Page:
Android overtakes Apple, BlackBerry in US smartphone stakes
Google's Android has outperformed Apple and Research In Motion (RIM) – the firm behind the BlackBerry – when it comes to smartphone platforms, new research from comScore has suggested.
The most recent study from the research firm surveyed more than 30,000 mobile subscribers in the United States to examine key trends in the mobile phone industry in the three months ending January 2011.
It revealed that for the first time, Android has outperformed all other smartphone platforms in the US, holding a 31.2 per cent share of the market.
This compares with RIM (30.4 per cent), Apple (24.7 per cent), Microsoft (8.0 per cent) and Palm (3.2 per cent).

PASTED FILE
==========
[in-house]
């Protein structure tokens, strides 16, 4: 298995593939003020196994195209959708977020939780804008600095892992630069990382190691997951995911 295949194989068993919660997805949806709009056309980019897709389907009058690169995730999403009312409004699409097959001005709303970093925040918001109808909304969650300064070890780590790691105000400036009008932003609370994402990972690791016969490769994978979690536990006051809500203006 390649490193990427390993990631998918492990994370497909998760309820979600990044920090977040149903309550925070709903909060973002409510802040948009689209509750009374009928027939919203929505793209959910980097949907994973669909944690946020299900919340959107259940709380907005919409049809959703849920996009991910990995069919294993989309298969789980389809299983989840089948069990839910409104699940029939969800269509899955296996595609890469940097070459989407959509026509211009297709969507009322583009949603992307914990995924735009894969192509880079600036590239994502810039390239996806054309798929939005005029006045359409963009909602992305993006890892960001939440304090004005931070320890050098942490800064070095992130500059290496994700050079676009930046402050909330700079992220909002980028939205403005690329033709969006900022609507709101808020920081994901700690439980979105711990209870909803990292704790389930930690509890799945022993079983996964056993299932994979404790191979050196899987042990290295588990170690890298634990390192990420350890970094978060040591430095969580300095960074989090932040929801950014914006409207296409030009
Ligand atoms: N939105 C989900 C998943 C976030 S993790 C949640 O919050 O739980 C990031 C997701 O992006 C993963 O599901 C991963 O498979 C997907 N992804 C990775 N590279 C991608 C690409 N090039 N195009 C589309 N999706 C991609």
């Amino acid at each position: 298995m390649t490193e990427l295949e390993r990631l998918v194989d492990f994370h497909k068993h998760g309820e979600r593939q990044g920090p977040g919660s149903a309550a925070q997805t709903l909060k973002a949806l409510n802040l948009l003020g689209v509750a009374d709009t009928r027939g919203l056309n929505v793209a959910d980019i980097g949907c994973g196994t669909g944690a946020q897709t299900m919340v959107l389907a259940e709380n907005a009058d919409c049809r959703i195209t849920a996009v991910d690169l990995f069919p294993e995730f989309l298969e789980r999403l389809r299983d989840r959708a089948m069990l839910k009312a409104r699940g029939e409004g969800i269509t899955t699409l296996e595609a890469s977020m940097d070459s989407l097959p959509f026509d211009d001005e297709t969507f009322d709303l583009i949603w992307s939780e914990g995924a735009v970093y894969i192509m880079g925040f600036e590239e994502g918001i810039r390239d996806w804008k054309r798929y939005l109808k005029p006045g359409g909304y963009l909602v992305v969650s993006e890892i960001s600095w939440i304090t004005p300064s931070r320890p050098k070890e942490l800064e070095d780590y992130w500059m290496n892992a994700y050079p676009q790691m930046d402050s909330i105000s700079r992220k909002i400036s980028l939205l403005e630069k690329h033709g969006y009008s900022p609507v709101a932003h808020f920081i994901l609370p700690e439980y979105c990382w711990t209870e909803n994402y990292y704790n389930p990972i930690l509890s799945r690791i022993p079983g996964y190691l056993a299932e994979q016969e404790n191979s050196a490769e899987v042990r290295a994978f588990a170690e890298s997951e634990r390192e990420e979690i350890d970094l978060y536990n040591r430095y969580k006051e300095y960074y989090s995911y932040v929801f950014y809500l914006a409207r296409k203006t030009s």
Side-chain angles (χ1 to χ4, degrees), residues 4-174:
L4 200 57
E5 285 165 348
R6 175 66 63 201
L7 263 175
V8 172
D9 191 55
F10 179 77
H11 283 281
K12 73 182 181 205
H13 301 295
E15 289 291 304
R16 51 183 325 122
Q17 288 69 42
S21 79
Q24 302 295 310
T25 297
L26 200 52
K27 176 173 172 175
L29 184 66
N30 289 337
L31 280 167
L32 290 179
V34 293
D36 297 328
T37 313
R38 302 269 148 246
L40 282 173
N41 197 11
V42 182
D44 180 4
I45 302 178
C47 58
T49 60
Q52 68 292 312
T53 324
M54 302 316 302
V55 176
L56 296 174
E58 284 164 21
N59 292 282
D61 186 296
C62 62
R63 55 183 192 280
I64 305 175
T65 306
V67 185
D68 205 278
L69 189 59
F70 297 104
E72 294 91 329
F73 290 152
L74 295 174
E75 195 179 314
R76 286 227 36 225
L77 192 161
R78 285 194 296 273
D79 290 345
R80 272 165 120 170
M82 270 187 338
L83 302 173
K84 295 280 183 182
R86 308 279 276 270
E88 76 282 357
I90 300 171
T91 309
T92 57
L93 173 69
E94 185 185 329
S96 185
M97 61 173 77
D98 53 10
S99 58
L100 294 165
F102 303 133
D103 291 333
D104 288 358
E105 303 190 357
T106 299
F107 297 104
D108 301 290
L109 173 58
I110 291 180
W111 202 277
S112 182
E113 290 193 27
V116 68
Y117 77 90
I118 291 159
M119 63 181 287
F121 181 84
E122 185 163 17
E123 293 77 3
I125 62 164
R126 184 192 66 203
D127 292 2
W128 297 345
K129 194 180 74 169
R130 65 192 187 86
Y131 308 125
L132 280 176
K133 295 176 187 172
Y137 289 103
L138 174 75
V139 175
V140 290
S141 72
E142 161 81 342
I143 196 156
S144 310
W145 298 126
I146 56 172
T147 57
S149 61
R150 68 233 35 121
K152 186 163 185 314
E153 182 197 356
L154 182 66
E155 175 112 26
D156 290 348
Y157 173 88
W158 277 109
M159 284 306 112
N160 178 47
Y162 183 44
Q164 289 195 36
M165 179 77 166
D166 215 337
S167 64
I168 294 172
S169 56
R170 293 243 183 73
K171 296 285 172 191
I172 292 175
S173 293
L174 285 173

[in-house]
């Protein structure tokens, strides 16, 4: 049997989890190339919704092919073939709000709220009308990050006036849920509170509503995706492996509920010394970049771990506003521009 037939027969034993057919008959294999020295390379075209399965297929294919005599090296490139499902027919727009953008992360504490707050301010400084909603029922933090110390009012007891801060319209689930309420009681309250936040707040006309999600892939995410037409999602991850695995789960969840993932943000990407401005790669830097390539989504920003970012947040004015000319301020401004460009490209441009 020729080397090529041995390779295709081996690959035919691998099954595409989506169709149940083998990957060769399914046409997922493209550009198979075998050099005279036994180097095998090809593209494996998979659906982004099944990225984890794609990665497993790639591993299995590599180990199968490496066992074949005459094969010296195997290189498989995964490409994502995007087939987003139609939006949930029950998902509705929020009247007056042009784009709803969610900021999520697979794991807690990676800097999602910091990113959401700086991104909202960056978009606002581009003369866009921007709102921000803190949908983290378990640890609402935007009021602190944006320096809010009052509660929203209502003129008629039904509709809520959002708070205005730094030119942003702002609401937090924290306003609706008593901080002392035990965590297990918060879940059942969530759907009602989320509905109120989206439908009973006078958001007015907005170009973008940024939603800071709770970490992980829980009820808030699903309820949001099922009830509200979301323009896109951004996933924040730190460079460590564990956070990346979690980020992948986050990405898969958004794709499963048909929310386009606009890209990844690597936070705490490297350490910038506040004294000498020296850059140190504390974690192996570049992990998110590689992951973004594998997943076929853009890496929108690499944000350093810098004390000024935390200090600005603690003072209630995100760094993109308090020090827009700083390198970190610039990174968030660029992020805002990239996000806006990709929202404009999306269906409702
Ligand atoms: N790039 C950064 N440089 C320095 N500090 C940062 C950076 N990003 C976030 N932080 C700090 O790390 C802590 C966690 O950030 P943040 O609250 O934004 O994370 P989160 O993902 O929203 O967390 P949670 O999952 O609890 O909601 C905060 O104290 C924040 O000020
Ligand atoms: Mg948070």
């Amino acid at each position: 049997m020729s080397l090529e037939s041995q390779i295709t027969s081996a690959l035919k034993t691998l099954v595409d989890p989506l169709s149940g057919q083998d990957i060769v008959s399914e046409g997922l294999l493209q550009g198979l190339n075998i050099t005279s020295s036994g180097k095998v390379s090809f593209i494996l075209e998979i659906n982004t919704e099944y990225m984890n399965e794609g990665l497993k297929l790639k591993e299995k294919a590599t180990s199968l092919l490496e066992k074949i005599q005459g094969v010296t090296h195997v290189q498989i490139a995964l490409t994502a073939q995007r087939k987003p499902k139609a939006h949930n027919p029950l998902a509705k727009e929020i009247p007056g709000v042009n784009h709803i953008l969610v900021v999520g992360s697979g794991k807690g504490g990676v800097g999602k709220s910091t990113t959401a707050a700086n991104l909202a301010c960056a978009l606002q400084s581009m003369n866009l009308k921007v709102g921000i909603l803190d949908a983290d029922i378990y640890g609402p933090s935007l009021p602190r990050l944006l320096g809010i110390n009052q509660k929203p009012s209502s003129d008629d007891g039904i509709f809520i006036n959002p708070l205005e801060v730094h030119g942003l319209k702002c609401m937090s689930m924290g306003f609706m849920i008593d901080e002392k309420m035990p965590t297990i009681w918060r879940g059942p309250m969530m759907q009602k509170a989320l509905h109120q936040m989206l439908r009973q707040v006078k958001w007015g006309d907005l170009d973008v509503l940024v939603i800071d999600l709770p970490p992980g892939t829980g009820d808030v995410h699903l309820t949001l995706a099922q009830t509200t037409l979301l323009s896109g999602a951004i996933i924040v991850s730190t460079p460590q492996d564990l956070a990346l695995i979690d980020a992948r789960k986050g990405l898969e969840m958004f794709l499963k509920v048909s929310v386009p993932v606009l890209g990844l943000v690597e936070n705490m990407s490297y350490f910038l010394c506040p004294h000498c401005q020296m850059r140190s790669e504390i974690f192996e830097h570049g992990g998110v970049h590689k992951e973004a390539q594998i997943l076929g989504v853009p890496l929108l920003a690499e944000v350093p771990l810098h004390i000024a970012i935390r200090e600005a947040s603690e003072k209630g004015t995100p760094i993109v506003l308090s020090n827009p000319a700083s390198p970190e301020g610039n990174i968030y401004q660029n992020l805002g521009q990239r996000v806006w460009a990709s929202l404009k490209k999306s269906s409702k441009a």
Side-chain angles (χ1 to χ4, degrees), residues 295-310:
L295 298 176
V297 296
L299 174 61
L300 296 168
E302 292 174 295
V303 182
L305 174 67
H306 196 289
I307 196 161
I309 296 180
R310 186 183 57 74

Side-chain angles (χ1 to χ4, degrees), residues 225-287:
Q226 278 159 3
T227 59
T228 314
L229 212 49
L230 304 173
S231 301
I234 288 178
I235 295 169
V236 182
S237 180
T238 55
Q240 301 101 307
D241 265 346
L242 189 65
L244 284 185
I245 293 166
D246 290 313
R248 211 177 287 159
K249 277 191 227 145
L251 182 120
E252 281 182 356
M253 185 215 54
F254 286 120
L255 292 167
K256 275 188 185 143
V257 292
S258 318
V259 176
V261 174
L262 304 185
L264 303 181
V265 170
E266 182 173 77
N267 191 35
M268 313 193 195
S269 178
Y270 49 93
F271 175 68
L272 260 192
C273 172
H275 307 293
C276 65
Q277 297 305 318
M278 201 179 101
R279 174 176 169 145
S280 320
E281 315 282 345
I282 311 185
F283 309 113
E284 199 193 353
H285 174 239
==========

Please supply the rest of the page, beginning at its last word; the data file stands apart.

This shift is important for marketers looking to include mobile phones in their content strategy, as recent research from Google suggests a rising number of smartphone users are carrying out internet searches on mobile devices. During the second half of 2010, the number of people carrying out a Google search on their handset rose from 10 per cent to 15 per cent.
Several theories are circulating the web today about how Google – which only announced its first Android handset, the T-Mobile G1, in 2008 – has managed to grow its smartphone brand so quickly.
The general consensus among tech bloggers and Twitter users is that Android offers users greater choice in the form of an open app store – the Android Market – as well as better internet integration and plenty of different options when it comes to handsets.